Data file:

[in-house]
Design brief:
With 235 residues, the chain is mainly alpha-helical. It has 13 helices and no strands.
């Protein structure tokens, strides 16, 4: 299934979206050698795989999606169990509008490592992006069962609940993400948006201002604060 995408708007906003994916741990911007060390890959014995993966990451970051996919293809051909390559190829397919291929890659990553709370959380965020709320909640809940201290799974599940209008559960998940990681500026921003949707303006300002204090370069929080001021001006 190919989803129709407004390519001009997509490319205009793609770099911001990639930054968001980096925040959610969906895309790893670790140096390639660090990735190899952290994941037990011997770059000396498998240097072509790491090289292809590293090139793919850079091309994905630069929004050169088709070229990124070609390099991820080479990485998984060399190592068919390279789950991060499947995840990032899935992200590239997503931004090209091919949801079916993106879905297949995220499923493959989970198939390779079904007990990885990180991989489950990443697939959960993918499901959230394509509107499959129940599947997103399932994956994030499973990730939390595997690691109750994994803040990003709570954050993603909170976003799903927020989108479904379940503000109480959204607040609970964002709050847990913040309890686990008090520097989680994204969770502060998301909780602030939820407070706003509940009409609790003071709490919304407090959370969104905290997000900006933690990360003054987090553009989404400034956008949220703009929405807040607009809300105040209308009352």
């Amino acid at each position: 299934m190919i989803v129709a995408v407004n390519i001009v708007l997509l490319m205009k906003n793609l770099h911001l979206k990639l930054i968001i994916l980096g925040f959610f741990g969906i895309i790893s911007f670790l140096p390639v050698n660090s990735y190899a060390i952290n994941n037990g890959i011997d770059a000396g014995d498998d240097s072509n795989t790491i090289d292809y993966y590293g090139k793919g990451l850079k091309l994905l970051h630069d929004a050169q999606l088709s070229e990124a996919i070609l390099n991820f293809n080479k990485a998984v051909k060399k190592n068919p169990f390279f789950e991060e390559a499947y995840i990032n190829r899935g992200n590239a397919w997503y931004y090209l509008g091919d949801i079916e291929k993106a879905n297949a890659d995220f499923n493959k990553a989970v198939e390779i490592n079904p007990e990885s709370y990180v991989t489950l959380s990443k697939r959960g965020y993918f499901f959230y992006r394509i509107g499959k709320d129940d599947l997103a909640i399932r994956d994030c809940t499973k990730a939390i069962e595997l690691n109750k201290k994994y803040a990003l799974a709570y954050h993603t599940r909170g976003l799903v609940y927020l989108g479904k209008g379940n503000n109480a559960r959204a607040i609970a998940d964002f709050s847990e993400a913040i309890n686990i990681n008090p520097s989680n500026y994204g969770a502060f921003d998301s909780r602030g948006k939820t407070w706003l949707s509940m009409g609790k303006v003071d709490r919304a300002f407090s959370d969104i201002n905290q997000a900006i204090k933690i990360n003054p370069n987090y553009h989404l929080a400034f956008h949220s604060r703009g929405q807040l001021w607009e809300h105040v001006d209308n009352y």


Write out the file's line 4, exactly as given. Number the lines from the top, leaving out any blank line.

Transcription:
């Protein structure tokens, strides 16, 4: 299934979206050698795989999606169990509008490592992006069962609940993400948006201002604060 995408708007906003994916741990911007060390890959014995993966990451970051996919293809051909390559190829397919291929890659990553709370959380965020709320909640809940201290799974599940209008559960998940990681500026921003949707303006300002204090370069929080001021001006 190919989803129709407004390519001009997509490319205009793609770099911001990639930054968001980096925040959610969906895309790893670790140096390639660090990735190899952290994941037990011997770059000396498998240097072509790491090289292809590293090139793919850079091309994905630069929004050169088709070229990124070609390099991820080479990485998984060399190592068919390279789950991060499947995840990032899935992200590239997503931004090209091919949801079916993106879905297949995220499923493959989970198939390779079904007990990885990180991989489950990443697939959960993918499901959230394509509107499959129940599947997103399932994956994030499973990730939390595997690691109750994994803040990003709570954050993603909170976003799903927020989108479904379940503000109480959204607040609970964002709050847990913040309890686990008090520097989680994204969770502060998301909780602030939820407070706003509940009409609790003071709490919304407090959370969104905290997000900006933690990360003054987090553009989404400034956008949220703009929405807040607009809300105040209308009352």